Sport Specific Training
A term that has completely plagued our profession, sport specific is the biggest mistake we’ve ever made as parents, trainers, and “coaches” for the development of our young athletes. Sport specific training means to mold our strength and conditioning, as well as speed, agility, and quickness (SAQ) training to directly resemble the movements often portrayed on the playing field.
In the last two decades, the term sport specific has been widely used to trick parents into thinking that movements that specifically resemble the activity being performed on the playing field will lead to accelerated performance. This is a fallacy, and not only does repetitive practice of movement not necessarily improve performance, it is often detrimental to the soft tissue (muscles, tendons, ligaments) as well as skill set (coordination and activation) for the majority of kids.
This is true for a couple reasons:
1. Children grow, and practicing a movement over and over again during growth spurts will have periods of lows and highs as far as skills go. Continuously practicing one movement during this time period will not allow their nervous system to experience a wide range of stimuli, which is essential for physical development.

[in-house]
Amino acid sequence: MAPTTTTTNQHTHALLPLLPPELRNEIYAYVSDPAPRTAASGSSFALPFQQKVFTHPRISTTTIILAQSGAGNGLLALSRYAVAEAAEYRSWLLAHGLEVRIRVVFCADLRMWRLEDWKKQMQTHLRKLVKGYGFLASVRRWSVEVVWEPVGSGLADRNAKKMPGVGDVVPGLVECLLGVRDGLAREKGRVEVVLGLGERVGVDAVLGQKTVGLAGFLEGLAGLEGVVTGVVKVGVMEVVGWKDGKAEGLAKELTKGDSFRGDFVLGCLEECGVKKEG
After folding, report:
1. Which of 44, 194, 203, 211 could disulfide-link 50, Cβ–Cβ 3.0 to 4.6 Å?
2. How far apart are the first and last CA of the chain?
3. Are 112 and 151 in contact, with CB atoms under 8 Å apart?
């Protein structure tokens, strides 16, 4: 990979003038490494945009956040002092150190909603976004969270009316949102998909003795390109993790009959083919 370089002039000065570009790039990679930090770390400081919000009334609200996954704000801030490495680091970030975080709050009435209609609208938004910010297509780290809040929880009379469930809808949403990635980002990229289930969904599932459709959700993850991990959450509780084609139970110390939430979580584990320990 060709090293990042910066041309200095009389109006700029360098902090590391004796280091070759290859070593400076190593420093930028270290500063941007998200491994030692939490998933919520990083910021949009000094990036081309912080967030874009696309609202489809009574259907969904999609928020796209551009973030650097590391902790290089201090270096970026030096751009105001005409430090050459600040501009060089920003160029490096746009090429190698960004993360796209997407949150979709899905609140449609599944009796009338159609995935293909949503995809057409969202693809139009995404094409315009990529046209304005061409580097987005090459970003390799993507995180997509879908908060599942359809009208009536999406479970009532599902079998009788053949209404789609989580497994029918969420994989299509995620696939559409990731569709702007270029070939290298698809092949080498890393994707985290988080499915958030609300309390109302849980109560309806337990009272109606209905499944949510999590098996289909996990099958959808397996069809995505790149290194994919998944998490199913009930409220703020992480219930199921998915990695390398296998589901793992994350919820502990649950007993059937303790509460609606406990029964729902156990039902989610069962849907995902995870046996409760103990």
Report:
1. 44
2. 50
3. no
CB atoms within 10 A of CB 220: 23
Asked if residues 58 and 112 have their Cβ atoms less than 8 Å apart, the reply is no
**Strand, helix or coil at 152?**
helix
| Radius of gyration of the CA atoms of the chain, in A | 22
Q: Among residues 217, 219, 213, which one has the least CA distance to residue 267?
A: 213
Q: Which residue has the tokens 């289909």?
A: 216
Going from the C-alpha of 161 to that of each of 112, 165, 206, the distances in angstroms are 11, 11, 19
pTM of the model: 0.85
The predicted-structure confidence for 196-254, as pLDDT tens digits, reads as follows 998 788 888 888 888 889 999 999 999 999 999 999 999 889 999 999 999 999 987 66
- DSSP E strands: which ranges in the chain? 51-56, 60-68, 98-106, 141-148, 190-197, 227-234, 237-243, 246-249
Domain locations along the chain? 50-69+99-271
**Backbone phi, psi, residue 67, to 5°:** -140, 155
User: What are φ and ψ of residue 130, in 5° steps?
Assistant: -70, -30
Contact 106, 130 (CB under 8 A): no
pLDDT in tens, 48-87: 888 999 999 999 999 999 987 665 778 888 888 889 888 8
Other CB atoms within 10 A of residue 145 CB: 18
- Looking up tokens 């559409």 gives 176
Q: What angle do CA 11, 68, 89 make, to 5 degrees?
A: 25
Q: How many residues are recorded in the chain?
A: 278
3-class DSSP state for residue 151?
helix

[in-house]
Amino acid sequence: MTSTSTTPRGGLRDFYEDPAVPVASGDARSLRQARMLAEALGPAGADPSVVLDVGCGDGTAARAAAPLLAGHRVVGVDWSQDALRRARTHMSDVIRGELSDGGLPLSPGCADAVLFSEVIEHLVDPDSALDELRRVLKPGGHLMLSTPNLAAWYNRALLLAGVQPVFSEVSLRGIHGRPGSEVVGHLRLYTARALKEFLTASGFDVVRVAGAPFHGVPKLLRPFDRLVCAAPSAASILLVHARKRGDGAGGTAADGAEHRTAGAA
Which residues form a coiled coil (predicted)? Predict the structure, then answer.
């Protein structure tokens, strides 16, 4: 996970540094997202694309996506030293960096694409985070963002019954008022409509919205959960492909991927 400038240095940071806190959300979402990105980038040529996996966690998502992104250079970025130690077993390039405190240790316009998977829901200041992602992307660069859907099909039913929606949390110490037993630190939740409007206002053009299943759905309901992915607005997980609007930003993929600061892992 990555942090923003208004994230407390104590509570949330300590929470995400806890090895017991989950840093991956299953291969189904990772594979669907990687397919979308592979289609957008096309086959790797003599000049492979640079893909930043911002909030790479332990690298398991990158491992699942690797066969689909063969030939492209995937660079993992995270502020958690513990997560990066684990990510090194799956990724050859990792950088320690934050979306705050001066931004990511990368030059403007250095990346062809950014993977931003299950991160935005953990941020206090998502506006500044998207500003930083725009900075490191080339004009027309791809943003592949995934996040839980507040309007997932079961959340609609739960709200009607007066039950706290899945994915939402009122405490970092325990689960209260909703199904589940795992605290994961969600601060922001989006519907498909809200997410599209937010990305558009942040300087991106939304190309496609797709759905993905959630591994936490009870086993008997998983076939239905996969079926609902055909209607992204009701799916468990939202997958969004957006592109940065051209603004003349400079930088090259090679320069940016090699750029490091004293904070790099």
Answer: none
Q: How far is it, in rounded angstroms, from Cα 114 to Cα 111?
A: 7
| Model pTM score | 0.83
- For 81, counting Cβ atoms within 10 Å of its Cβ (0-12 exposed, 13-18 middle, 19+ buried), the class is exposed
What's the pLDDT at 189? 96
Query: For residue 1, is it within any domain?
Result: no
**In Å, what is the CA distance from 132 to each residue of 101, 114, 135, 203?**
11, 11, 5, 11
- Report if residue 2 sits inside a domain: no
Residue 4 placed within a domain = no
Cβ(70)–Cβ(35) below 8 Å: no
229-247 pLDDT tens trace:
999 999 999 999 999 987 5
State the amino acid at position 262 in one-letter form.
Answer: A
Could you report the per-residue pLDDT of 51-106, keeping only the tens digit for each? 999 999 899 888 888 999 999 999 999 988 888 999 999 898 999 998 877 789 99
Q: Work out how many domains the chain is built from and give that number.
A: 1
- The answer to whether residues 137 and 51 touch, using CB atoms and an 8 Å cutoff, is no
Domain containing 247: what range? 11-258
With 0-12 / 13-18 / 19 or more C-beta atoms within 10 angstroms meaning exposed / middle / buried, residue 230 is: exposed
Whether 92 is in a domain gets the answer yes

2. Repetitive movements in the same manner without a break encourages movement dysfunctions, imbalances, and increases risk of injury. You’re better off doing movements that properly strengthen the entire body such as bear crawls, crab walks, pushing, pulling, carrying, and jumping, and exposing the body to multiple forms of full body movements.
3. Muscles are strengthened in certain ways more effectively than others. For example, the motion of throwing is a connection of muscle being activated such as the Glutes (butt), lower back, obliques, upper back, and arms. There are much, let me repeat that, MUCH, better ways to strengthen these muscles than doing things such as weighted throws, or any other movement that mimics the throwing motion too specifically.
Bottom line, your youth athlete is not yet a professional, and it is recommended by ALL experts in youth training that specificity shouldn’t even be considered until age 16. It all depends on the maturity of the child, as some children grow faster than others, but normally the child that is a star in one sport is well versed in multiple sports.